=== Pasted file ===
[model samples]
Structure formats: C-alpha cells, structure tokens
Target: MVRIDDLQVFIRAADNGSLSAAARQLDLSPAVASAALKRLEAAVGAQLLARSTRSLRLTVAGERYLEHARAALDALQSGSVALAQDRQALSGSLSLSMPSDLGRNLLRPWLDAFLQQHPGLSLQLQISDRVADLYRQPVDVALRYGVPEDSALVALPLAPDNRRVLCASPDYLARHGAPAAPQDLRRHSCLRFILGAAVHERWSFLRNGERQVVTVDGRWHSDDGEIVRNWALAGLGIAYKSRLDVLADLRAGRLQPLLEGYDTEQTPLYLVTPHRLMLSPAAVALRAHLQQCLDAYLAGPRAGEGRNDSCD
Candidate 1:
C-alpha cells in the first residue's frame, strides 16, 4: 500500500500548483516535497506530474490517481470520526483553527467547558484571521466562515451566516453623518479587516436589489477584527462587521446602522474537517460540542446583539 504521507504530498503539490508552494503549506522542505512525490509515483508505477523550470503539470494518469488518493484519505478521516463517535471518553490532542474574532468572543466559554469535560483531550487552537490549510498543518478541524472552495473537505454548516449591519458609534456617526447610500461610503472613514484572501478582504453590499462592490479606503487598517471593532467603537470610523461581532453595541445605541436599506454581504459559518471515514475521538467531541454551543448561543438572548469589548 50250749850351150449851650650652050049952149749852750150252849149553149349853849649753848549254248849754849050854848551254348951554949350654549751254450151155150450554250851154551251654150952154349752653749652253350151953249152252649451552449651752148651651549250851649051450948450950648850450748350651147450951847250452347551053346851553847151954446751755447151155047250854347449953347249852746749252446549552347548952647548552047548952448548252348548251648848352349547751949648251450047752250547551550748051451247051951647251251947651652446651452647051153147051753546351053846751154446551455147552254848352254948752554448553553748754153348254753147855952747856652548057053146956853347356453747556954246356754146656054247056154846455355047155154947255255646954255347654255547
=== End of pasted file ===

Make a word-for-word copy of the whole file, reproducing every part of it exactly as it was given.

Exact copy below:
[model samples]
Structure formats: C-alpha cells, structure tokens
Target: MVRIDDLQVFIRAADNGSLSAAARQLDLSPAVASAALKRLEAAVGAQLLARSTRSLRLTVAGERYLEHARAALDALQSGSVALAQDRQALSGSLSLSMPSDLGRNLLRPWLDAFLQQHPGLSLQLQISDRVADLYRQPVDVALRYGVPEDSALVALPLAPDNRRVLCASPDYLARHGAPAAPQDLRRHSCLRFILGAAVHERWSFLRNGERQVVTVDGRWHSDDGEIVRNWALAGLGIAYKSRLDVLADLRAGRLQPLLEGYDTEQTPLYLVTPHRLMLSPAAVALRAHLQQCLDAYLAGPRAGEGRNDSCD
Candidate 1:
C-alpha cells in the first residue's frame, strides 16, 4: 500500500500548483516535497506530474490517481470520526483553527467547558484571521466562515451566516453623518479587516436589489477584527462587521446602522474537517460540542446583539 504521507504530498503539490508552494503549506522542505512525490509515483508505477523550470503539470494518469488518493484519505478521516463517535471518553490532542474574532468572543466559554469535560483531550487552537490549510498543518478541524472552495473537505454548516449591519458609534456617526447610500461610503472613514484572501478582504453590499462592490479606503487598517471593532467603537470610523461581532453595541445605541436599506454581504459559518471515514475521538467531541454551543448561543438572548469589548 50250749850351150449851650650652050049952149749852750150252849149553149349853849649753848549254248849754849050854848551254348951554949350654549751254450151155150450554250851154551251654150952154349752653749652253350151953249152252649451552449651752148651651549250851649051450948450950648850450748350651147450951847250452347551053346851553847151954446751755447151155047250854347449953347249852746749252446549552347548952647548552047548952448548252348548251648848352349547751949648251450047752250547551550748051451247051951647251251947651652446651452647051153147051753546351053846751154446551455147552254848352254948752554448553553748754153348254753147855952747856652548057053146956853347356453747556954246356754146656054247056154846455355047155154947255255646954255347654255547